When I arrived home from work the other day, I was greeted with the sounds of children in distress and a husband at the end of his tether. It had been a long, sick week for the family and being the only healthy body in the house, my husband had been on night wake-up and child minding duty all week.
As he began reluctantly to make his way towards his screaming youngest child, I told him to stop, sit down, relax, have a drink; I would get this. I was feeling good. I missed spending time with my girls and this was my opportunity to reconnect with them.
I walked into the bedroom and found my youngest sitting on the floor, trying to get her clothes off and my eldest, also half undressed, beside her. Both were upset but it was my youngest who was particularly so. I greeted both of them and acknowledged that they seemed upset. My eldest came straight to me and wrapped her arms around me but my youngest screamed with venom ‘I want Daddy! I don’t want you! Go away!’
It was like a stab in the heart. What did she mean she didn’t want me? I’m her Mum, of course she wants me. Right? Well, right, but not just at that moment. At that moment she wanted me to hear something that was hard to hear but it was important to her that I heard it.
As I listened to her angry shouts, I came to realise…
I had been distant from her as I struggled in bed with the flu. I hadn’t changed her nappy in over a week. I hadn’t gone to her in the night when she woke crying. I hadn’t even been putting her food on the table. Her father had taken on all these roles and more whilst I looked after me.
My little one didn’t like it, she was mad at me and was making that clear.
I needed her to know that it was okay to be mad, I understood and my love for her remained unwavering.
I acknowledged her feelings “You sound really upset. (Pause) You seem mad and want me to go away. (Pause) I’ll move back here a little to give you some space. (Pause) I want you to know I love you and want to help you. (Stop and wait for her to indicate she is ready to connect). I sat on the floor of her room for about half an hour. We said nothing. If I tried to, she would scream at me in anger.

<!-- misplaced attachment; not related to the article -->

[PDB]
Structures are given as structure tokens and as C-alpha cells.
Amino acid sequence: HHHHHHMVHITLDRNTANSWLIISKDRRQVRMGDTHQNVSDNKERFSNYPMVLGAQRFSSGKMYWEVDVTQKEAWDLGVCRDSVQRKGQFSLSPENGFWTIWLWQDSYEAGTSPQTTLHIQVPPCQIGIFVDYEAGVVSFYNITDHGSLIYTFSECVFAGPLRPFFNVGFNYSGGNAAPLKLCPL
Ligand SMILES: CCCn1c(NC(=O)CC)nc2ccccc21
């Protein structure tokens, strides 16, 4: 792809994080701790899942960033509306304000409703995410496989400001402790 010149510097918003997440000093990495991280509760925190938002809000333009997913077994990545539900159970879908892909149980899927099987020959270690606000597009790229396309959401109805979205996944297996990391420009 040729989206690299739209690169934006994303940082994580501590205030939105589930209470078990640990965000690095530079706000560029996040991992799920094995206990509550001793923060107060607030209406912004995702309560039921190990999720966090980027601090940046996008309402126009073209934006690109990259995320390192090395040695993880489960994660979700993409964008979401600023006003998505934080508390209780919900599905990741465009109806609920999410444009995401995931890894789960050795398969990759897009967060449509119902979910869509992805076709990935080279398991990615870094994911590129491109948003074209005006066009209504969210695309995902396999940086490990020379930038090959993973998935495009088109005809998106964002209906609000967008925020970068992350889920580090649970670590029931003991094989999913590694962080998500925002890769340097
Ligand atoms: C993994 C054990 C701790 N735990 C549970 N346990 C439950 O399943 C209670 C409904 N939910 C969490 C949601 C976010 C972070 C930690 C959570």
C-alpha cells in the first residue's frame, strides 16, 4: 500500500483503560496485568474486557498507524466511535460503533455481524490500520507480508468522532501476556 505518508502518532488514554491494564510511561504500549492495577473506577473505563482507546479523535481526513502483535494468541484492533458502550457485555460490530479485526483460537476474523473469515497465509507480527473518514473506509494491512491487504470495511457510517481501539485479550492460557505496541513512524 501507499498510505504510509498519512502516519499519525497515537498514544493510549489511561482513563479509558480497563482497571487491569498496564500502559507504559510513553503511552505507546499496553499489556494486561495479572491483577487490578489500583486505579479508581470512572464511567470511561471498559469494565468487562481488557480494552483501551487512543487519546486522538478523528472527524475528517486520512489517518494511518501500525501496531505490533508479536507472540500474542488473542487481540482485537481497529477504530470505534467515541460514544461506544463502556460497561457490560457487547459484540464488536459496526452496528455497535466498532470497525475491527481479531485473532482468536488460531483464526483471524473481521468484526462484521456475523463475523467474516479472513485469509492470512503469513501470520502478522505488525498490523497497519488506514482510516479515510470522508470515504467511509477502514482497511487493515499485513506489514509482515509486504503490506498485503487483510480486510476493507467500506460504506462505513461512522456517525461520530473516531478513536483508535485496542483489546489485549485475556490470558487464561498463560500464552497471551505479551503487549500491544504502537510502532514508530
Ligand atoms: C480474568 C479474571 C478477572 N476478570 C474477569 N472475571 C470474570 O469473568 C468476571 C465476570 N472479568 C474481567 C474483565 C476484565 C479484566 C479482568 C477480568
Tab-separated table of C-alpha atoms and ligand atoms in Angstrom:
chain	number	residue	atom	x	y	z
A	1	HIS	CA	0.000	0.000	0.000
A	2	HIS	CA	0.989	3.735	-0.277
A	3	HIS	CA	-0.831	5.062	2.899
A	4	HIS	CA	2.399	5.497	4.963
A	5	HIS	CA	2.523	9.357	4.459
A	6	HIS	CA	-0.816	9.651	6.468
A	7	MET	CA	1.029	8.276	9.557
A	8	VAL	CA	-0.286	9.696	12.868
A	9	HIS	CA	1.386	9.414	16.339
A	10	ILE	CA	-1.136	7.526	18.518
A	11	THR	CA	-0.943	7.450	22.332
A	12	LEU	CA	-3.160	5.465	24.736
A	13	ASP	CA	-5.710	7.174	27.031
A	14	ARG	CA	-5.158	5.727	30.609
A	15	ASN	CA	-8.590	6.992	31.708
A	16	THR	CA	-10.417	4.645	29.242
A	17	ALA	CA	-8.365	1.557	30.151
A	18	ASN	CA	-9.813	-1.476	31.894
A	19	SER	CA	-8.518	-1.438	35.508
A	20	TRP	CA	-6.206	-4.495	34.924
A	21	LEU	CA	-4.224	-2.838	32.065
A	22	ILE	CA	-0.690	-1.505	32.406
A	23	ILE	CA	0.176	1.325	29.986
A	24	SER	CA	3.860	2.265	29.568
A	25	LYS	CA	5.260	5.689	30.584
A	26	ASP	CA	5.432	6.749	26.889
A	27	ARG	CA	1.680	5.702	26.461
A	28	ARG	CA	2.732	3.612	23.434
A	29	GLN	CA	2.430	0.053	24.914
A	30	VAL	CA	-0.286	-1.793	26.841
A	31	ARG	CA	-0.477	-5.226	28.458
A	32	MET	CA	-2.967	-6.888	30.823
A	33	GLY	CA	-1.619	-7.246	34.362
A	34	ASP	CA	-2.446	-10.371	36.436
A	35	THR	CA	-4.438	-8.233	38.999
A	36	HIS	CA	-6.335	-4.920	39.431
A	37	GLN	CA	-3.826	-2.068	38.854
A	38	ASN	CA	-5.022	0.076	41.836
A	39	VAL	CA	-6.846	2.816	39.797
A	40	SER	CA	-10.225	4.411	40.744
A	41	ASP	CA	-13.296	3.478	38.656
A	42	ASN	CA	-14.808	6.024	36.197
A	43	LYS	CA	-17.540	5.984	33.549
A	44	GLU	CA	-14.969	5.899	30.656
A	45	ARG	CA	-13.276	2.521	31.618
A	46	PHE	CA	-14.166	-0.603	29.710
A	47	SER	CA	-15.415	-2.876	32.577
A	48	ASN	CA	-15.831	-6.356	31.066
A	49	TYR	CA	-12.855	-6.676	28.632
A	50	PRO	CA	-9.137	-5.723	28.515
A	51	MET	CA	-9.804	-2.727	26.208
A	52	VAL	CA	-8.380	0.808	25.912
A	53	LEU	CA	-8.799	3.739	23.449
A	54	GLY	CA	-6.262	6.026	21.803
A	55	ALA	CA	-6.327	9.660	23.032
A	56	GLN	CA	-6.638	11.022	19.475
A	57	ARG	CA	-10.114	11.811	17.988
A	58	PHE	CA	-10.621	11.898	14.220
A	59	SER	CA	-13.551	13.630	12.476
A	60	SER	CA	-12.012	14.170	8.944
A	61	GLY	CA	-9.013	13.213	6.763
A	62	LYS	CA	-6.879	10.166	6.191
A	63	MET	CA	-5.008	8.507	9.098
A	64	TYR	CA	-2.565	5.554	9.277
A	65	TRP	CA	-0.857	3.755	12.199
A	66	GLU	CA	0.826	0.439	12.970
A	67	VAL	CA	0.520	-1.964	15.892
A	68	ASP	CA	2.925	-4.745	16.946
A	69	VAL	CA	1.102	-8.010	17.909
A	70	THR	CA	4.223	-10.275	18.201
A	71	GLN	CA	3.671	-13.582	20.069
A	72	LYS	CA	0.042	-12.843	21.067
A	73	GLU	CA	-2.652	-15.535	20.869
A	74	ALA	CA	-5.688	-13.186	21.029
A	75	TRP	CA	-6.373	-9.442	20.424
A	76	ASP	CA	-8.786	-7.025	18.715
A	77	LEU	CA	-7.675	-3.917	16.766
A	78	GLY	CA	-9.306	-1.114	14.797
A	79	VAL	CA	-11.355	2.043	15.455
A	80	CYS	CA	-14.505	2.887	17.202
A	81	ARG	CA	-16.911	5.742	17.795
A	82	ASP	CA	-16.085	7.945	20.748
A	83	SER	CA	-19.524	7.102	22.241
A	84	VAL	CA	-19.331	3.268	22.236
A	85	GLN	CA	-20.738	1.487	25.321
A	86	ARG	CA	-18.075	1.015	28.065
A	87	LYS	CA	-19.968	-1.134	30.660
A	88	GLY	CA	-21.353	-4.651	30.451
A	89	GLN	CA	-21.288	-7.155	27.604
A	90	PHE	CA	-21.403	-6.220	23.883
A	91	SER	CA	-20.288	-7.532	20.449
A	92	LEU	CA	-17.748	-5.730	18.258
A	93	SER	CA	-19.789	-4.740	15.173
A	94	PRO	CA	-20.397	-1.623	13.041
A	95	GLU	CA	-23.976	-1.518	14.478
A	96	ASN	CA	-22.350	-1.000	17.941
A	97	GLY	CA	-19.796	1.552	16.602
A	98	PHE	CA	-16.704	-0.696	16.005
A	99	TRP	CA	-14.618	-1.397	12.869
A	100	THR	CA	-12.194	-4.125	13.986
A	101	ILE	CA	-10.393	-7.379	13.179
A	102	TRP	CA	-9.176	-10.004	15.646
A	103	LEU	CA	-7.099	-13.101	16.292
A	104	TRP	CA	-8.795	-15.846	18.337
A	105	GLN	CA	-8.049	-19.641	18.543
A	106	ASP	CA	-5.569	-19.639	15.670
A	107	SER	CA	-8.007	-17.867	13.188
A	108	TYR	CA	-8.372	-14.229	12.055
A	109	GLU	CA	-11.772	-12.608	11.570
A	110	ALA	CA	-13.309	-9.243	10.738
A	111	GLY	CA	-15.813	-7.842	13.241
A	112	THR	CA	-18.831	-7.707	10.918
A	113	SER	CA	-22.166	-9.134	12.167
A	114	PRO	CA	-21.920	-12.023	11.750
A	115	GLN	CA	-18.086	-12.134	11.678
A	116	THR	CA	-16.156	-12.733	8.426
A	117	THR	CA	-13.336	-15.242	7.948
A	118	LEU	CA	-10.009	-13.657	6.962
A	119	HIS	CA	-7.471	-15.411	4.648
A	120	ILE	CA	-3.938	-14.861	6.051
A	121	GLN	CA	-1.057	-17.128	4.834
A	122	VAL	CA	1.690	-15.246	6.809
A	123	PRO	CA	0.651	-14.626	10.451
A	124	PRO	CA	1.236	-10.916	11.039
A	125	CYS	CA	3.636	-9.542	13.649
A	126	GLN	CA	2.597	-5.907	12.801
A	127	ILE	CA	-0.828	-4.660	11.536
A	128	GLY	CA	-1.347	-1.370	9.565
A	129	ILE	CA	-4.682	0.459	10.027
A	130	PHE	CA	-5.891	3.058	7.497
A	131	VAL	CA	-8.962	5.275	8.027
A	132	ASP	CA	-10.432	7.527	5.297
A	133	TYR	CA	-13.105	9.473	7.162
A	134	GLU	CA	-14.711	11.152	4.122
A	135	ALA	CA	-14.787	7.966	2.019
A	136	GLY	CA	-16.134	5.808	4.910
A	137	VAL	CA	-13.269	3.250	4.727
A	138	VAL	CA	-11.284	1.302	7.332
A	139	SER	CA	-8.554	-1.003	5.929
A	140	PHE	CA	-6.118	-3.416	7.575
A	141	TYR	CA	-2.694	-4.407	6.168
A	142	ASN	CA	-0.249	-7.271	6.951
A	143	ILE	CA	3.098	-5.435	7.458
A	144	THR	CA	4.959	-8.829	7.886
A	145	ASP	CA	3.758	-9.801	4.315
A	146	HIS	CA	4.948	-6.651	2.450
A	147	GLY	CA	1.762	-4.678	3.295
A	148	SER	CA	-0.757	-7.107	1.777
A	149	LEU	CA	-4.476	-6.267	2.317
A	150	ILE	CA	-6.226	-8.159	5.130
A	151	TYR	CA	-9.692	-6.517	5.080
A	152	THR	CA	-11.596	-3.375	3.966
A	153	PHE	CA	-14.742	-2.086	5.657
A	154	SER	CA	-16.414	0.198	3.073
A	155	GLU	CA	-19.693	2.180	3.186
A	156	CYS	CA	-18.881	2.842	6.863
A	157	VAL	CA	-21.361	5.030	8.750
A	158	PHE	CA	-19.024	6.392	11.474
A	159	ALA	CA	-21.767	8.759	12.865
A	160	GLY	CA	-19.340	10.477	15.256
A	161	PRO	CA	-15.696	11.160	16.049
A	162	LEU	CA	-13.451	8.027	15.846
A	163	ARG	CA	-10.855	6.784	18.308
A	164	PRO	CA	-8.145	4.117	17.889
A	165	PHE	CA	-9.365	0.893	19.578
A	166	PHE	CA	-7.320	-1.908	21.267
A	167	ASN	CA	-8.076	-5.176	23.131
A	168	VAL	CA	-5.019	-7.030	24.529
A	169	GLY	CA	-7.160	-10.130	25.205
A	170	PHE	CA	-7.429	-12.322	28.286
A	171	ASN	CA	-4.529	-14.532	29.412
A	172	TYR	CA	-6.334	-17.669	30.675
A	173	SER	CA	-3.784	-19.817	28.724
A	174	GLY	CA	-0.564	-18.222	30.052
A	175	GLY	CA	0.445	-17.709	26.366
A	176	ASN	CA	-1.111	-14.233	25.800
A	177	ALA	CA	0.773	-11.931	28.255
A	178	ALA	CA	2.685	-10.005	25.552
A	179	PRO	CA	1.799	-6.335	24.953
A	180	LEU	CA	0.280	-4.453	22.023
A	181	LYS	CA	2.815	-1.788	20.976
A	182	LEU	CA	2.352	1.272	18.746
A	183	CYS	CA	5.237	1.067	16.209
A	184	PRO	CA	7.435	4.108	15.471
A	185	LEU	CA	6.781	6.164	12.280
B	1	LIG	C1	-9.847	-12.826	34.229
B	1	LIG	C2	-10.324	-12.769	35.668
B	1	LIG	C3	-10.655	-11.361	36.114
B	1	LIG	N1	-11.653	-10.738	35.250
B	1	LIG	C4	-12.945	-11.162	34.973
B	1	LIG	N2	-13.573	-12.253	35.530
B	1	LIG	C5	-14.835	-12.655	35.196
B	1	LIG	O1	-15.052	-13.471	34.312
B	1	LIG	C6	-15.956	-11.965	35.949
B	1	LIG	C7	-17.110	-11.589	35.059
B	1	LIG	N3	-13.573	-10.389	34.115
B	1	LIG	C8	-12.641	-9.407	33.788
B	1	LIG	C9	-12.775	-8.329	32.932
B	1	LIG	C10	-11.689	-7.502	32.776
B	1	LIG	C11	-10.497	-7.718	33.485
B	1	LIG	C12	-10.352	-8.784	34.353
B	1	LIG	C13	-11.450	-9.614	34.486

Eventually, she began playing with her doll. She didn’t look at me or acknowledge my presence but I knew she knew I was there because she was deliberately keeping her eyes averted. After about five minutes, she brought her doll to me and placed her in my lap. She still didn’t look at me so I gave her a little more time. Two minutes later she removed the doll from my lap and sat herself in her doll’s position. I tenderly wrapped my arms around her and held her.
We reconnected and she was able to see that no matter how much she yells at me, no matter how much anger she has bubbling up inside, I will be her rock.
Nothing will shake my love for her even when I can’t be there to take care of her.
That night when I kissed her as I tucked her into her bed I spoke with her gently. “You know, P, I love you even when you tell me to go away. I love you even when you are angry with me. I will always love you and nothing will ever change that.” She gripped my neck as we cuddled and did not want to let go. I sat with her on her bed and drew circles on the palm of her hand as she fell asleep.
She no longer wanted me to go away.
You might also enjoy reading:
Toddler Tantrum Therapy ~ Kate Russell (Peaceful Parents, Confident Kids)
Go Away, Mama! ~ Janet Lansbury (Elevating Childcare)
Dear Parent: Caring for Infants With Respect (2nd Edition) ~ Magda Gerber
Elevating Child Care: A Guide to Respectful Parenting ~ Janet Lansbury
No Bad Kids: Toddler Discipline Without Shame ~ Janet Lansbury